Bet on spread of college gambling

Boston College is just the beginning. Betting scandals are not yet as common as blue jeans on America's campuses, but the conditions have never been more conducive.

''It's easier to place a bet on a college campus today than to buy a pack of cigarettes or buy a beer,'' Arnie Wexler said the other day. ''We've made gambling so socially acceptable and legal, you can go to any grocery store and find lottery tickets. You'll see someone holding their 5-year-old kid and rubbing off $5 in lottery tickets. What kind of message does that send?''

The evolution of gambling from an illegal underground activity to a state-sponsored scam has been as disorienting and disturbing as nudity on the networks. Bombarded by fast-buck advertising and deluged by decriminalized numbers games, a generation has grown up free of the moral queasiness that their ancestors felt about games of chance. In a recent NCAA-funded study, 25.5 percent of Division I football and men's basketball players admitted to betting on sports.

This is a troubling trend, even among some of those who profit from it. Wexler is a consultant on compulsive gambling, and he has never been in greater demand. He was awaiting a call from Dan Rather's people when reached by telephone this week. Someone from Sports Illustrated was on the other line.

''Boston College is not the only school where the athletes are betting,'' Wexler said. ''I've personally spoken to kids who were athletes who have been doing this. Nobody told me they bet on their own games, but they told me they bet on sporting events. It's a close step for a compulsive gambler to go from betting on other games to place a bet on their own games.

''But the colleges have their head in the sand. The attitude is 'Not in my school.'''

'Step away from scandal'

One place where the dangers of gambling are adequately appreciated is at the University of Kentucky. Athletic Director C.M. Newton earned his varsity letter in 1951, the same year that three UK players were arrested for shaving points in a game at Madison Square Garden. He has remained vigilant about gambling ever since.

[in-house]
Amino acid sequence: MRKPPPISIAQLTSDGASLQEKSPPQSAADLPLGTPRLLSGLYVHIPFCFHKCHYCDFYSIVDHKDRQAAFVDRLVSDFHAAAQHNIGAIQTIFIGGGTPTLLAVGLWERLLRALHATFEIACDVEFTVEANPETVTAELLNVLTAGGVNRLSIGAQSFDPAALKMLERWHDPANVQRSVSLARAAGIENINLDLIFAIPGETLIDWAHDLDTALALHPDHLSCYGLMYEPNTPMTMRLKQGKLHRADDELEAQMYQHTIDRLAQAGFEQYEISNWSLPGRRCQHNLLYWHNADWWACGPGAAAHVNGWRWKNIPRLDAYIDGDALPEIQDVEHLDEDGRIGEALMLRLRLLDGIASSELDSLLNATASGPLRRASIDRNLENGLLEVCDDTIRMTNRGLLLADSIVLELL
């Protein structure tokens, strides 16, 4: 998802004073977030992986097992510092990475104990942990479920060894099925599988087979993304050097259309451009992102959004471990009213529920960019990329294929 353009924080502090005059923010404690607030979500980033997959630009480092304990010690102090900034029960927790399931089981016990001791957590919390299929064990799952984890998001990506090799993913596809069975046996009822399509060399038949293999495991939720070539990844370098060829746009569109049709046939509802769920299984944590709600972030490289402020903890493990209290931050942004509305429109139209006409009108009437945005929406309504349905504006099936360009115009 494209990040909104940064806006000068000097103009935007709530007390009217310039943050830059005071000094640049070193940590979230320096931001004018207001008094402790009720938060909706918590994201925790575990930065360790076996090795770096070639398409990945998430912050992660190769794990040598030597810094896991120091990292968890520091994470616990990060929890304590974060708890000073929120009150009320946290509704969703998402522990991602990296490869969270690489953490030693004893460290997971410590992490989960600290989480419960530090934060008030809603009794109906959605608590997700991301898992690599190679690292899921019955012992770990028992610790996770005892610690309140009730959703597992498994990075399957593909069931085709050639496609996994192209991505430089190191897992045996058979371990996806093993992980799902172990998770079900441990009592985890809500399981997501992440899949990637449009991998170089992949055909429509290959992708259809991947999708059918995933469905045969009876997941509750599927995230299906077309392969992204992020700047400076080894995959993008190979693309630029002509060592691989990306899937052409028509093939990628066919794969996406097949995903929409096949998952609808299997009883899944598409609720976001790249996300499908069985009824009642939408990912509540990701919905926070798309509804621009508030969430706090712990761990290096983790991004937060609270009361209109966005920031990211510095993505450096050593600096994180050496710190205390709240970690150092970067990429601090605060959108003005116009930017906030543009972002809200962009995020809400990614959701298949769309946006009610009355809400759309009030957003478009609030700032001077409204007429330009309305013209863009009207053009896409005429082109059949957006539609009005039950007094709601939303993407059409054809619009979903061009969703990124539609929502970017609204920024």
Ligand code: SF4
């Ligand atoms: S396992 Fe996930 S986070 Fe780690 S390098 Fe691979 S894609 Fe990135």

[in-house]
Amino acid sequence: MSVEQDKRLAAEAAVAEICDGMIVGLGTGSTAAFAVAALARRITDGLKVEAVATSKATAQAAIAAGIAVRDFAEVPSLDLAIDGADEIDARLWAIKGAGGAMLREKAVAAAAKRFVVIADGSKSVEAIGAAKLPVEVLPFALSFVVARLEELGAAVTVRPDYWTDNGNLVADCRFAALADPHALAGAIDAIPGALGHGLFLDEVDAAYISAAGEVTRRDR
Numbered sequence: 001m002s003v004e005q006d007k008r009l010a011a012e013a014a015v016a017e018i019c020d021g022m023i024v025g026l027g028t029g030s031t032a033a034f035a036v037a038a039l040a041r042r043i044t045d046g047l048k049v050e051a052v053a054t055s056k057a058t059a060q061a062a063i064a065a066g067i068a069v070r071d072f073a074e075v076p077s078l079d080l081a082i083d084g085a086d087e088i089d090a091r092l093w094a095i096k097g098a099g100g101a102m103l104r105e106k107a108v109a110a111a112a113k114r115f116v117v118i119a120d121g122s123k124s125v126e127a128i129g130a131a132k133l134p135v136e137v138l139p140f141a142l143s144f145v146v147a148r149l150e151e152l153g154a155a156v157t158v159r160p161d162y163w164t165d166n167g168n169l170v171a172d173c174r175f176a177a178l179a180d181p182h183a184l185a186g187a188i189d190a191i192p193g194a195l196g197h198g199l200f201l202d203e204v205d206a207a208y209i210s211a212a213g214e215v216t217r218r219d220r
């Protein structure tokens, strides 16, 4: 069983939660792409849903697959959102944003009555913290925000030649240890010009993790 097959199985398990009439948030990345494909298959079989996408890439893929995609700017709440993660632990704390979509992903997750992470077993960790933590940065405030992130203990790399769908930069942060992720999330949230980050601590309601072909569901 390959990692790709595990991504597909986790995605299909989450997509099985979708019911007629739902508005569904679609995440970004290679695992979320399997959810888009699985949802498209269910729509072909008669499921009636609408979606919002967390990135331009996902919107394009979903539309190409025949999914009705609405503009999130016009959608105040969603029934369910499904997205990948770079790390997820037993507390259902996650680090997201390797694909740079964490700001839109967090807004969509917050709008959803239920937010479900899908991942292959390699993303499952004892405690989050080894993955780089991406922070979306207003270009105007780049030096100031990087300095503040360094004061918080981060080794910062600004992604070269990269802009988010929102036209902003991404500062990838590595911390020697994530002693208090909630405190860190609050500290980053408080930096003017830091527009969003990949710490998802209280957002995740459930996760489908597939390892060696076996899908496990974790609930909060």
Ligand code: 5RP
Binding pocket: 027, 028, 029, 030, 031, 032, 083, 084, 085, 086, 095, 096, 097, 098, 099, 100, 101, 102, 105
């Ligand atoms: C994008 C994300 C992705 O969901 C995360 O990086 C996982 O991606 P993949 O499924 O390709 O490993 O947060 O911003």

''History has a way of repeating itself,'' Newton said. ''And people have short memories about betting scandals in sports. With the lotteries and all the riverboat gambling, in the minds of a lot of people, it (gambling) is kind of like taking a drink of water. What I want people to understand is they need to know what's in that water. People don't realize the addictive side of it.''

Two months ago, Newton brought Wexler to Lexington for a gambling forum that was made mandatory for all UK student-athletes. The two men had earlier participated in a panel discussion at the Final Four.

''I said, 'We're a step away from a scandal in this country in betting on games,''' Wexler recalled. ''Someone asked C.M. Newton, 'Is he right?' He said, 'Absolutely right.'''

Their suspicions have been borne out by Boston College, but any simpleton could have seen the danger signs developing.

In Nevada, the only state where sports gambling remains above-board, the number of legal sports books has grown from 12 to more than 100 since 1969. In that same span, the total sports betting handle at these establishments has increased from $395,800 to $2.25 billion, USA Today oddsmaker Danny Sheridan says.

Starting young

Americans are gambling more, and they are gambling earlier. Wexler says 96% of compulsive gamblers begin before their 14th birthday. Two years ago, 12% of the callers seeking help from the 1-800-GAMBLER hot line were not yet 21 years old.

Small wonder. Almost every newspaper in America - this one included - prints point spreads on a daily basis. Almost every convenience store doubles as an outlet for lottery tickets. Major-league baseball, which banished Pete Rose in a rare moment of morality, continues to allow scoreboard advertising from state lotteries and floating casinos.

In an environment that encourages vice, one should not expect virtue.

Tim Sullivan is an Enquirer columnist.

Published Nov. 10, 1996.